The Shinden was ordered into production "off the drawing board" but hostilities ceased before any other than prototypes had flown. Just after the end of World War II in Europe in 1945, what may have been the first canard designed and flown in the Soviet Union appeared as a test aircraft, the lightweight Mikoyan-Gurevich MiG-8 Utka, it was a favorite among MiG OKB test pilots for its docile, slow-speed handling characteristics and flew for some years, being used as a testbed during development of the swept wing of the MiG-15 jet fighter. With the arrival of the jet age and supersonic flight, American designers, notably North American Aviation, began to experiment with supersonic canard delta designs, with some such as the North American XB-70 Valkyrie and the Soviet equivalent Sukhoi T-4 flying in prototype form, but the stability and control problems encountered prevented widespread adoption. In 1963 the Swedish company Saab patented a delta-winged design which overcame the earlier problems, in what has become known as the close-coupled canard.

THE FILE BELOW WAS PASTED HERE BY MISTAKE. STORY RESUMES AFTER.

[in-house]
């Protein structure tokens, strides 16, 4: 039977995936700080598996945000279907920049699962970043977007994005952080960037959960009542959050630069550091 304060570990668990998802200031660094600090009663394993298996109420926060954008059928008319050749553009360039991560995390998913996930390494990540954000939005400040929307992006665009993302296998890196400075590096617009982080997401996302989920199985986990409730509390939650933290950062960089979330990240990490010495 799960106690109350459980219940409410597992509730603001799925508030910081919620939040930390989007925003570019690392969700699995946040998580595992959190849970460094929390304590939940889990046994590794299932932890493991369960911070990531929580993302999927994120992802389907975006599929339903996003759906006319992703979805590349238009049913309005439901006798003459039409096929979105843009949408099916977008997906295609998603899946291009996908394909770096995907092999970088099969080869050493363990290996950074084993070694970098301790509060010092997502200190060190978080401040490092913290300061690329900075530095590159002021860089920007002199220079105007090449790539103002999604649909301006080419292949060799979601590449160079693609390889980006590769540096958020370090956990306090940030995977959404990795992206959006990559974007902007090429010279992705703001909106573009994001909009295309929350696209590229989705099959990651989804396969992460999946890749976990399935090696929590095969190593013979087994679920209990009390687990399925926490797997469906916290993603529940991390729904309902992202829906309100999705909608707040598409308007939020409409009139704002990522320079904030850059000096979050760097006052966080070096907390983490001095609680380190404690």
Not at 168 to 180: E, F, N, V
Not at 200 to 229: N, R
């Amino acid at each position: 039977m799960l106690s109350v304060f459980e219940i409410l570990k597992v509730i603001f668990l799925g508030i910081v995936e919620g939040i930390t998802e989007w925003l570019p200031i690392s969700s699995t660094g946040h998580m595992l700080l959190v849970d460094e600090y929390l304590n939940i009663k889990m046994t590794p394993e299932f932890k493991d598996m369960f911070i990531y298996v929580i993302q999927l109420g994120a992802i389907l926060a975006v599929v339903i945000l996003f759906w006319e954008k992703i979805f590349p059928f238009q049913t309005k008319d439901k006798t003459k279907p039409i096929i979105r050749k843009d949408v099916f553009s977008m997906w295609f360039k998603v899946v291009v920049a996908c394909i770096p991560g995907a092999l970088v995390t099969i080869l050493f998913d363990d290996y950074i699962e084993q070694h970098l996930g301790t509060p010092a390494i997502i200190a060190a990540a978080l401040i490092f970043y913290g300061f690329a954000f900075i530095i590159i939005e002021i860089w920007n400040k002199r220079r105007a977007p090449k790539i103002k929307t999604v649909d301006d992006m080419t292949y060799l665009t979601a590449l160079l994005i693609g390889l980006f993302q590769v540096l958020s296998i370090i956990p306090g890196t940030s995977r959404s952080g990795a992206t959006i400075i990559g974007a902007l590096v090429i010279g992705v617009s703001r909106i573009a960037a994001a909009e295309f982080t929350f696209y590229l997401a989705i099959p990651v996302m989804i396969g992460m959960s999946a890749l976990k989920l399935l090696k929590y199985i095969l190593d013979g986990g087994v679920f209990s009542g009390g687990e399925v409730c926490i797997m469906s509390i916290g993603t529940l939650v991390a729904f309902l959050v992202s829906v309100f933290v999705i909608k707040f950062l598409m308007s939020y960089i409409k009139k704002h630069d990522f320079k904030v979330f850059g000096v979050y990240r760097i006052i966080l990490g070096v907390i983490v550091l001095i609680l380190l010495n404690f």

It was built as the Saab 37 Viggen and in 1967 became the first modern canard aircraft to enter production. The success of this aircraft spurred many designers, canard surfaces sprouted on a number of types derived from the popular Dassault Mirage delta-winged jet fighter; these included variants of the French Dassault Mirage III, Israeli IAI Kfir and South African Atlas Cheetah. The close-coupled canard delta remains a popular configuration for combat aircraft; the Viggen inspired the American Burt Rutan to create a two-seater homebuilt canard delta design, accordingly named VariViggen and flown in 1972. Rutan abandoned the delta wing as unsuited to such light aircraft, his next two canard designs, the Long-EZ had longer-span swept wings. These designs were not only successful and built in large numbers but were radically different from anything seen before. Rutan's ideas soon spread to other designers. From the 1980s they found favour in the executive market with the appearance of types such as the OMAC Laser 300, Avtek 400 and Beech Starship.